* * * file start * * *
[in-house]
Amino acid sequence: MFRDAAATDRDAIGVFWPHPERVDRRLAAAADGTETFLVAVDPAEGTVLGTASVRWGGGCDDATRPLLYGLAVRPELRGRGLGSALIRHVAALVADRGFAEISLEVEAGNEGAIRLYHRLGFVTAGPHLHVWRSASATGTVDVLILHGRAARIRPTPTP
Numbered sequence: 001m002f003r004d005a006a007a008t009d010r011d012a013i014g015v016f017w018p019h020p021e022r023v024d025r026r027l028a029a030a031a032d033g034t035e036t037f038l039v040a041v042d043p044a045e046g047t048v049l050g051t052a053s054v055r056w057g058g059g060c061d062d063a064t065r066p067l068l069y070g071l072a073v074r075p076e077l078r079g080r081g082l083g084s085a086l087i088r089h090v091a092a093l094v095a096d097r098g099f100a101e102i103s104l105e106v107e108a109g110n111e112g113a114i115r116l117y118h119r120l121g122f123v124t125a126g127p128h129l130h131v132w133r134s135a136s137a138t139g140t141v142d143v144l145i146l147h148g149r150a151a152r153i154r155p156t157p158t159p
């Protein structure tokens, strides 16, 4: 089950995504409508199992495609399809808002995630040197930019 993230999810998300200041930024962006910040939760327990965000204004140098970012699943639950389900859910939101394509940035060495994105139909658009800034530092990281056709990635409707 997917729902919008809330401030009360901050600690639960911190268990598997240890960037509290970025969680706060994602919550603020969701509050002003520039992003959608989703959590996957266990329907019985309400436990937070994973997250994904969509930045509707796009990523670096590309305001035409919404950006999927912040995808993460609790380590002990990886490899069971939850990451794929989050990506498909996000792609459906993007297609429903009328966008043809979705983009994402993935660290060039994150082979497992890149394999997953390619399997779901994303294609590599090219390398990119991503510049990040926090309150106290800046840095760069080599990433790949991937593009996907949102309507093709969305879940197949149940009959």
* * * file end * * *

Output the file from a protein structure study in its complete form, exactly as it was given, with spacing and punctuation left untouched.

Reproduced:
[in-house]
Amino acid sequence: MFRDAAATDRDAIGVFWPHPERVDRRLAAAADGTETFLVAVDPAEGTVLGTASVRWGGGCDDATRPLLYGLAVRPELRGRGLGSALIRHVAALVADRGFAEISLEVEAGNEGAIRLYHRLGFVTAGPHLHVWRSASATGTVDVLILHGRAARIRPTPTP
Numbered sequence: 001m002f003r004d005a006a007a008t009d010r011d012a013i014g015v016f017w018p019h020p021e022r023v024d025r026r027l028a029a030a031a032d033g034t035e036t037f038l039v040a041v042d043p044a045e046g047t048v049l050g051t052a053s054v055r056w057g058g059g060c061d062d063a064t065r066p067l068l069y070g071l072a073v074r075p076e077l078r079g080r081g082l083g084s085a086l087i088r089h090v091a092a093l094v095a096d097r098g099f100a101e102i103s104l105e106v107e108a109g110n111e112g113a114i115r116l117y118h119r120l121g122f123v124t125a126g127p128h129l130h131v132w133r134s135a136s137a138t139g140t141v142d143v144l145i146l147h148g149r150a151a152r153i154r155p156t157p158t159p
């Protein structure tokens, strides 16, 4: 089950995504409508199992495609399809808002995630040197930019 993230999810998300200041930024962006910040939760327990965000204004140098970012699943639950389900859910939101394509940035060495994105139909658009800034530092990281056709990635409707 997917729902919008809330401030009360901050600690639960911190268990598997240890960037509290970025969680706060994602919550603020969701509050002003520039992003959608989703959590996957266990329907019985309400436990937070994973997250994904969509930045509707796009990523670096590309305001035409919404950006999927912040995808993460609790380590002990990886490899069971939850990451794929989050990506498909996000792609459906993007297609429903009328966008043809979705983009994402993935660290060039994150082979497992890149394999997953390619399997779901994303294609590599090219390398990119991503510049990040926090309150106290800046840095760069080599990433790949991937593009996907949102309507093709969305879940197949149940009959």